CHAPTER 1
: LAPACK Subroutines

This chapter describes the subroutines in LAPACK as they are implemented in the Sun Performance Library. LAPACK is a library of subroutines to perform matrix factorizations, solve systems of linear equations, solve least squares problems, compute eigenvalues and eigenvectors, and other common linear algebra computations. LAPACK is a superset of LINPACK and subroutines in LAPACK are generally faster and more accurate than their LINPACK counterparts, so all new development should be done with LAPACK. The version of LAPACK released with the Sun Performance Library and documented in this manual is version 1.1 released in March 1993. For more information about LAPACK, refer to the information in this chapter or see LAPACK User's Guide written by Anderson et al and available from the Society for Industrial and Applied Mathematics (SIAM) in Philadelphia. The serious numerical analyst will want to get a copy of the LAPACK User's Guide in addition to this reference manual because it contains a wealth of information about error bounds, algorithmic details, and the numerical stability of the algorithms used in LAPACK.
The first three sections of this chapter describe:

conventions followed in naming arguments and subroutines and conventions used for passing arguments into and out of subroutines

error handling done by the subroutines

extensions to the standard version of LAPACK
The remaining sections of this chapter describe the operation of each of the major LAPACK subroutines as described below. For each subroutine, the interface is shown, the operation of the subroutine is described, and a short FORTRAN 77 program is given with sample output.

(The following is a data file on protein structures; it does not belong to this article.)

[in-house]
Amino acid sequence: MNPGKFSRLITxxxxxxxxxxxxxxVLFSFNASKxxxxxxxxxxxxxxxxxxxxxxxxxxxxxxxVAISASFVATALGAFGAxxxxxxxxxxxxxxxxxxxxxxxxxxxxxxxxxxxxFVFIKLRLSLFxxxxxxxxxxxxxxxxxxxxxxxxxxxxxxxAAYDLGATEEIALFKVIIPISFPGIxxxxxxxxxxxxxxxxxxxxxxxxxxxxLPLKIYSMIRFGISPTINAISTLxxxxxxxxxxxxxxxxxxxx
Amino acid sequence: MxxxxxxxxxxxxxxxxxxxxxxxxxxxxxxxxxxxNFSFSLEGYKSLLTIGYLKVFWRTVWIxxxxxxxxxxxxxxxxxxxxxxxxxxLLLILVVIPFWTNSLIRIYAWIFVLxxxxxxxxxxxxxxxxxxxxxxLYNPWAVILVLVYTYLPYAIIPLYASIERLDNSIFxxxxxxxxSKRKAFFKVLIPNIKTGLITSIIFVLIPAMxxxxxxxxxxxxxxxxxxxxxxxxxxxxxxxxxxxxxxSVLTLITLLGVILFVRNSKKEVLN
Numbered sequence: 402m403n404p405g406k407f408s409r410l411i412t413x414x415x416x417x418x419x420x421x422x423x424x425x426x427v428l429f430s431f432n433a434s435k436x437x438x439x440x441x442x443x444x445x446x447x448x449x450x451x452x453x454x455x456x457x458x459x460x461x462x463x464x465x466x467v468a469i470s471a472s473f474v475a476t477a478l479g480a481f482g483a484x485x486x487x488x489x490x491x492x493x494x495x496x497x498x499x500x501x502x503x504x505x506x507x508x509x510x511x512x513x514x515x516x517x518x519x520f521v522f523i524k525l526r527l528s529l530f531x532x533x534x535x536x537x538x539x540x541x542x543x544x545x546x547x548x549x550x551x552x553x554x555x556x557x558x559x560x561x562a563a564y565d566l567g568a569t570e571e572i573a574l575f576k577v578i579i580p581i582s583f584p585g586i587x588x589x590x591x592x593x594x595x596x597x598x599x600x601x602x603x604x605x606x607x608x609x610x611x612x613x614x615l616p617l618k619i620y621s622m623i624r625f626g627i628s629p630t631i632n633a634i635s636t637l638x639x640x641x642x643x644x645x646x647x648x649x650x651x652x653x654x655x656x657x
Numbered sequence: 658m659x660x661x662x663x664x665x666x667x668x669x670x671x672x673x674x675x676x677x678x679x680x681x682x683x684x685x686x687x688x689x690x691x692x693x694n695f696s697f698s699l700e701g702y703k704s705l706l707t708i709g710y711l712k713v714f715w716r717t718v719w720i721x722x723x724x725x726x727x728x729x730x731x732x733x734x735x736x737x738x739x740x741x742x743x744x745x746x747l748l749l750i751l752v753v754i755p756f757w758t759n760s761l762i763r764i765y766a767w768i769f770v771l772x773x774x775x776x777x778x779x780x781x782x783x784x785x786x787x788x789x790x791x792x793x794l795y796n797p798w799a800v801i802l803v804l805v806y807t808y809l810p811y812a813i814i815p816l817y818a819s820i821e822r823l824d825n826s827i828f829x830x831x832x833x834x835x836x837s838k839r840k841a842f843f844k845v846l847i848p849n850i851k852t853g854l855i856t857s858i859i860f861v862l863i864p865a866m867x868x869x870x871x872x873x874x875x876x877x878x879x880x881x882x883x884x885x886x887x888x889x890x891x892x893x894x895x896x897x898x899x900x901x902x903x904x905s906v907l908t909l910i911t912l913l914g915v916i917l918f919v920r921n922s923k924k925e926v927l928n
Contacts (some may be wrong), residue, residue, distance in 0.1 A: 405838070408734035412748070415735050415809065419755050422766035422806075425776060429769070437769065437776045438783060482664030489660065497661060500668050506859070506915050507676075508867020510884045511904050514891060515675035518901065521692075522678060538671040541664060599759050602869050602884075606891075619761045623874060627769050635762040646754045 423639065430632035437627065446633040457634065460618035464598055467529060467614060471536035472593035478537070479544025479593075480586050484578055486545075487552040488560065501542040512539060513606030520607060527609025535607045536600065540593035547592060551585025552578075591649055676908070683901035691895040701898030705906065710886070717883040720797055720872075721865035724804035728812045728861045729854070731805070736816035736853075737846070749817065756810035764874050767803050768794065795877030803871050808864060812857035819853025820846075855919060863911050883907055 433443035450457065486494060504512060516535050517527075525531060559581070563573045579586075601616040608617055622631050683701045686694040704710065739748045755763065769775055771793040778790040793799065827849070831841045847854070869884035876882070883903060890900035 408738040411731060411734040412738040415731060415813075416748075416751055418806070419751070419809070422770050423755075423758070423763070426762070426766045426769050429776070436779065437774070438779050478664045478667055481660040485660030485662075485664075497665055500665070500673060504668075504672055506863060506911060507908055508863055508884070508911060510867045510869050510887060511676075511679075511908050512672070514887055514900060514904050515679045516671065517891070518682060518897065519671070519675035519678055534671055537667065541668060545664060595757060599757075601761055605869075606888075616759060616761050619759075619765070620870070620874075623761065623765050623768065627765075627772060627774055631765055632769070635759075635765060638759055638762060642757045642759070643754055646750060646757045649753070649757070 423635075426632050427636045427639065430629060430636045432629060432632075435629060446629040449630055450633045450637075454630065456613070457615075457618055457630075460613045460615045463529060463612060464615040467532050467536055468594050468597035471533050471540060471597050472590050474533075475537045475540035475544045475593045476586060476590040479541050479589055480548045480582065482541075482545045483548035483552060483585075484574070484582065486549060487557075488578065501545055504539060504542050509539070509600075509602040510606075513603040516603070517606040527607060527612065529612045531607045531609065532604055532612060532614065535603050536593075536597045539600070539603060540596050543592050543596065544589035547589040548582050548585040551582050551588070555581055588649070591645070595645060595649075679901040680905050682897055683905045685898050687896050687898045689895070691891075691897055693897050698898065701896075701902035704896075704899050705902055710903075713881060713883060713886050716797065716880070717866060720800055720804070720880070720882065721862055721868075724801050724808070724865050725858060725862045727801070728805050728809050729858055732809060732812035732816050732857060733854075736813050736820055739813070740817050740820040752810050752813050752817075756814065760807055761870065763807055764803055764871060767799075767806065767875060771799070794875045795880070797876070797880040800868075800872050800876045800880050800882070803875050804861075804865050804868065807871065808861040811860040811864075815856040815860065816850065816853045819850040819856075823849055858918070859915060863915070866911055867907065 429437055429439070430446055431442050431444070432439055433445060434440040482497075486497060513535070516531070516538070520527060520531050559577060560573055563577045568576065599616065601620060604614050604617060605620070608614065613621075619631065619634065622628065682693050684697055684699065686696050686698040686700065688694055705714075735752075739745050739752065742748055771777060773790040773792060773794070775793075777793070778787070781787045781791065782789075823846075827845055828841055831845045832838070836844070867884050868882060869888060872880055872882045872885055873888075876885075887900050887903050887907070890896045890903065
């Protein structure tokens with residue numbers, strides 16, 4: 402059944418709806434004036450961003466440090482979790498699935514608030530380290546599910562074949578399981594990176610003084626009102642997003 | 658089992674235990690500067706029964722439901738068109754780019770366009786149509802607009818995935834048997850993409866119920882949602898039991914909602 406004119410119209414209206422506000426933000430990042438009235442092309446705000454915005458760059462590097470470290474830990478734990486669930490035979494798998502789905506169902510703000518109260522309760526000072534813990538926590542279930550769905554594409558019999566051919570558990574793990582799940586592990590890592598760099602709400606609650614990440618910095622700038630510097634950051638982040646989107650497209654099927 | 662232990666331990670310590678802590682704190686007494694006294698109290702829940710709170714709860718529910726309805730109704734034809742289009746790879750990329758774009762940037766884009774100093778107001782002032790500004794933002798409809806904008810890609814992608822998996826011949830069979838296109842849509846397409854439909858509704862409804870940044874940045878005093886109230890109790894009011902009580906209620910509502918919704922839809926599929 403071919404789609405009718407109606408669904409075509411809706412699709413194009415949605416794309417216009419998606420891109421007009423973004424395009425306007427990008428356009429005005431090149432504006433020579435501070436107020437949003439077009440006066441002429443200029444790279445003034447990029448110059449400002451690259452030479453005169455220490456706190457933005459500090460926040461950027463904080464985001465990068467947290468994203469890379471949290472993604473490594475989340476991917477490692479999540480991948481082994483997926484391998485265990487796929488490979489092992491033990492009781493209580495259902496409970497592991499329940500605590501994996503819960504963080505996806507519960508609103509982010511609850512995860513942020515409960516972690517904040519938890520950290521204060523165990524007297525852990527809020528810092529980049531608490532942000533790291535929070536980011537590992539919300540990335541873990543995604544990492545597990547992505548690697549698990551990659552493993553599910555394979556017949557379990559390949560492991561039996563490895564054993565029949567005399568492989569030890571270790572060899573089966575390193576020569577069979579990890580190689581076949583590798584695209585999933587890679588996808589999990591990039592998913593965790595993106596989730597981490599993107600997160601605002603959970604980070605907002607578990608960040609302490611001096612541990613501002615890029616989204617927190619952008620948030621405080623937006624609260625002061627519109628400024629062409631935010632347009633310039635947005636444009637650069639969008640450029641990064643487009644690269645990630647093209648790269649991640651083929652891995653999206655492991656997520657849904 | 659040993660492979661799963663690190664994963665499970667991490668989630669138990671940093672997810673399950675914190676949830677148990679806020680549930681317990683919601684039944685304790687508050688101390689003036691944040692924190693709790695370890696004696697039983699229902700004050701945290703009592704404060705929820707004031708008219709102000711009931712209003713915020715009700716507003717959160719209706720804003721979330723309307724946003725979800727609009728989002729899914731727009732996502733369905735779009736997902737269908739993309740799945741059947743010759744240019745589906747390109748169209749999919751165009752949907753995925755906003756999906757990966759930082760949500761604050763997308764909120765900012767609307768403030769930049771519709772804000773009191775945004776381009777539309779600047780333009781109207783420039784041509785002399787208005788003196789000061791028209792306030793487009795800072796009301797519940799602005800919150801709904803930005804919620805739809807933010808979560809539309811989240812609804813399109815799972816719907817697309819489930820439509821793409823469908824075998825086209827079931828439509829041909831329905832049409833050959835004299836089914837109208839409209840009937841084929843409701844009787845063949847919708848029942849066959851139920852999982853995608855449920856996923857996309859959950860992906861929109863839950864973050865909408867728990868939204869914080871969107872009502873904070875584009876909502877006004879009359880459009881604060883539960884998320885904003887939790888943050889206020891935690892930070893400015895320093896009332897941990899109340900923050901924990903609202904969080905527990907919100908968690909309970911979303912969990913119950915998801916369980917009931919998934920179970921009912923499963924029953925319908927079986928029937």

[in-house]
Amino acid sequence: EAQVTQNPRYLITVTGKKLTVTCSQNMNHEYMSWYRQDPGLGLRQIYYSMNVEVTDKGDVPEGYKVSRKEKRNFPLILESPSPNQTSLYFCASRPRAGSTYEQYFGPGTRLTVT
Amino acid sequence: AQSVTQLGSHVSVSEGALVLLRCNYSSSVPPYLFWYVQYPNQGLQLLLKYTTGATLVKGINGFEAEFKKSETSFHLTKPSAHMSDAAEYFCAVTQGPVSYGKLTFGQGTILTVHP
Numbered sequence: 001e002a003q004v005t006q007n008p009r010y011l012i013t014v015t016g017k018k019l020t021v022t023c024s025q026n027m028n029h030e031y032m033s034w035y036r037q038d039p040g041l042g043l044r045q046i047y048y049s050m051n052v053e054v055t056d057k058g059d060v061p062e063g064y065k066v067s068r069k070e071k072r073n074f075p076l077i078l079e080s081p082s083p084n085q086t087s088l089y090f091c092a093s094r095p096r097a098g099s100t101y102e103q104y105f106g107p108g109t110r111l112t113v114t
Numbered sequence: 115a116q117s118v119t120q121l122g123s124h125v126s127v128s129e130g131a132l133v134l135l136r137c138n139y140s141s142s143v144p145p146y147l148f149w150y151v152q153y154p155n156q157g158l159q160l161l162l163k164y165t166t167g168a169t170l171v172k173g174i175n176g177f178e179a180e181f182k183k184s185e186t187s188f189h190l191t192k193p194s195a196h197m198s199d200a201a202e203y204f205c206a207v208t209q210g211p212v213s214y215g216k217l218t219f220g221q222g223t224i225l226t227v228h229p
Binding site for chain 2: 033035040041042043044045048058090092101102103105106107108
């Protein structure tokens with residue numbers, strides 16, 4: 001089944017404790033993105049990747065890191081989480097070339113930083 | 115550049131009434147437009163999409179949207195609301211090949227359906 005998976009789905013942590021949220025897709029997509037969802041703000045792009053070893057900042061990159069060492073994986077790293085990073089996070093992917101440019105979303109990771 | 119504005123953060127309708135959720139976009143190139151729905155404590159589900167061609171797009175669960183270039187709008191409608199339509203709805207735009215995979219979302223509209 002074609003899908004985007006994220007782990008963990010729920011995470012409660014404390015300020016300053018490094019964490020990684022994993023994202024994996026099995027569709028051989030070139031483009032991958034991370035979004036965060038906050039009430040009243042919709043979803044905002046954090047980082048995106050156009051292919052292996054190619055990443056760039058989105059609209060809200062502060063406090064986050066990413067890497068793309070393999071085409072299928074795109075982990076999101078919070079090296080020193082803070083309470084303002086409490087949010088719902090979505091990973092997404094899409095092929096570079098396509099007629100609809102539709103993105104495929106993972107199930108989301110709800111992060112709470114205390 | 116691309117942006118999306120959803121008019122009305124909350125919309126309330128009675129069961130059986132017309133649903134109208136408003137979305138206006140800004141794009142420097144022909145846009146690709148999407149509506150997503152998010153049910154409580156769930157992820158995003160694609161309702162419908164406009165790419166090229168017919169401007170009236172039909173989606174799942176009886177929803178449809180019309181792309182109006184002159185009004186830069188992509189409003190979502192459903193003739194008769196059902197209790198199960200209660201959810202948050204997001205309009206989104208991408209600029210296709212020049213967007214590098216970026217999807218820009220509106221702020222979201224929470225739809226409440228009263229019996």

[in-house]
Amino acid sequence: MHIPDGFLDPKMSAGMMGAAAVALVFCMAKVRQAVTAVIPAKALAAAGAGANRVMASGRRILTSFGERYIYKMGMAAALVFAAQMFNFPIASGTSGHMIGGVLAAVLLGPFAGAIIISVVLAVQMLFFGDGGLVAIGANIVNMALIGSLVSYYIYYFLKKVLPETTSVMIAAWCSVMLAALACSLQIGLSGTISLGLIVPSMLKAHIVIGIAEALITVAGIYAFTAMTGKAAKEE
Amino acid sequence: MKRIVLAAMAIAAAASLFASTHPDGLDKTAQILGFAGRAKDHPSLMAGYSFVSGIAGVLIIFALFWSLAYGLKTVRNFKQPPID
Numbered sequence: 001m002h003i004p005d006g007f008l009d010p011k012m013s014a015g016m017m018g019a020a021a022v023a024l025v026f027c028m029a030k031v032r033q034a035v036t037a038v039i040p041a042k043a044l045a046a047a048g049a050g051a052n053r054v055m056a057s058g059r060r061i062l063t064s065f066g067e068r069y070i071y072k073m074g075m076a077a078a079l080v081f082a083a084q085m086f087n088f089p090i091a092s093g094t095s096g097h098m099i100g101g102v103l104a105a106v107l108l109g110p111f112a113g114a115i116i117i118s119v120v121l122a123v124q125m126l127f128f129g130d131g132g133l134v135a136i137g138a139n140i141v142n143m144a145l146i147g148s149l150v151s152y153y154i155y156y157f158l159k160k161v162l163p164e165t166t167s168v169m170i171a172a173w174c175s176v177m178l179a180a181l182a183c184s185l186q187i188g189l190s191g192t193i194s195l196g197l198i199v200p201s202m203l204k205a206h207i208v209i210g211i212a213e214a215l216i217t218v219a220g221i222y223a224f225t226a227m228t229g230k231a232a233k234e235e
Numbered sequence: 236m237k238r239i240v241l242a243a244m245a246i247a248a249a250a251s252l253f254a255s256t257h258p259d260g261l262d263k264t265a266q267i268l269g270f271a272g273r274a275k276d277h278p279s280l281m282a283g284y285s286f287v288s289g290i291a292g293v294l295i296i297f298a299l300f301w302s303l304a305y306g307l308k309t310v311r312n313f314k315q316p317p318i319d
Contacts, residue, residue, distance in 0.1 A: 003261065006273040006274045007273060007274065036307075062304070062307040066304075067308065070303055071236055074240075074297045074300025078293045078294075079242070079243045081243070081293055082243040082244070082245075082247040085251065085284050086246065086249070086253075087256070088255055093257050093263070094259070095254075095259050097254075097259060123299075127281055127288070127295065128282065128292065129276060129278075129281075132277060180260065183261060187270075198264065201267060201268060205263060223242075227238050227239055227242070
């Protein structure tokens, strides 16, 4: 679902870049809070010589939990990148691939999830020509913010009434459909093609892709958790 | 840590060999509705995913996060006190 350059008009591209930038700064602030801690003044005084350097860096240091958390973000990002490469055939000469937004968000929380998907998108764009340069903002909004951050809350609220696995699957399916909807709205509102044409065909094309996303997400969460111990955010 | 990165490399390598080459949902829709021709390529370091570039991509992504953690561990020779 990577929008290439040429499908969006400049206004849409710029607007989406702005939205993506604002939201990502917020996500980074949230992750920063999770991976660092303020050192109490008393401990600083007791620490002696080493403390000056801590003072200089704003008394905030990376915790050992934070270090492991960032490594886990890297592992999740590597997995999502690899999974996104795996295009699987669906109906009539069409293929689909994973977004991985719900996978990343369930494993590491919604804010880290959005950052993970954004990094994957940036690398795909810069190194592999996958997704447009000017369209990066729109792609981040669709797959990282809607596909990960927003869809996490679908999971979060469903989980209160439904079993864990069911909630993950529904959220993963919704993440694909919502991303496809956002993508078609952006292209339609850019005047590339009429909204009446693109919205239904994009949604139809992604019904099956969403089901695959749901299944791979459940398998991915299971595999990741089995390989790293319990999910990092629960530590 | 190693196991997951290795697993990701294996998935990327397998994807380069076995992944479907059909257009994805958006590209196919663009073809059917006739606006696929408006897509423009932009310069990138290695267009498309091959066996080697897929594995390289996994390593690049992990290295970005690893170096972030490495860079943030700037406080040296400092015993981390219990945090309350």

LAPACK contains three types of subroutines: driver, computational, and auxiliary. The driver subroutines are further subdivided into simple and expert drivers. For each task performed by a driver, there is both a simple and expert driver. The simple drivers perform a complete task such as solving a linear system. The expert drivers usually perform the same task as the simple driver plus related tasks such as computing error bounds or condition numbers. The drivers do their work by calling a series of computational routines, each of which does some part of the larger task. For example, a driver to solve a linear system calls a computational subroutine to factor the coefficient matrix and then calls another computational subroutine to solve the factored system. Auxiliary subroutines tend to perform very low level tasks such as copying a matrix or rearranging columns of a matrix.
This manual documents all of the driver subroutines, and all of the computational subroutines related to solving a linear system, but none of the auxiliary subroutines. Most users will want to use the driver subroutines most of the time. In those cases in which it is necessary or helpful to exercise more direct control over a computation, users may instead call one or more computational routines. It is atypical for a user to make a direct call to an auxiliary subroutine, but it is allowed.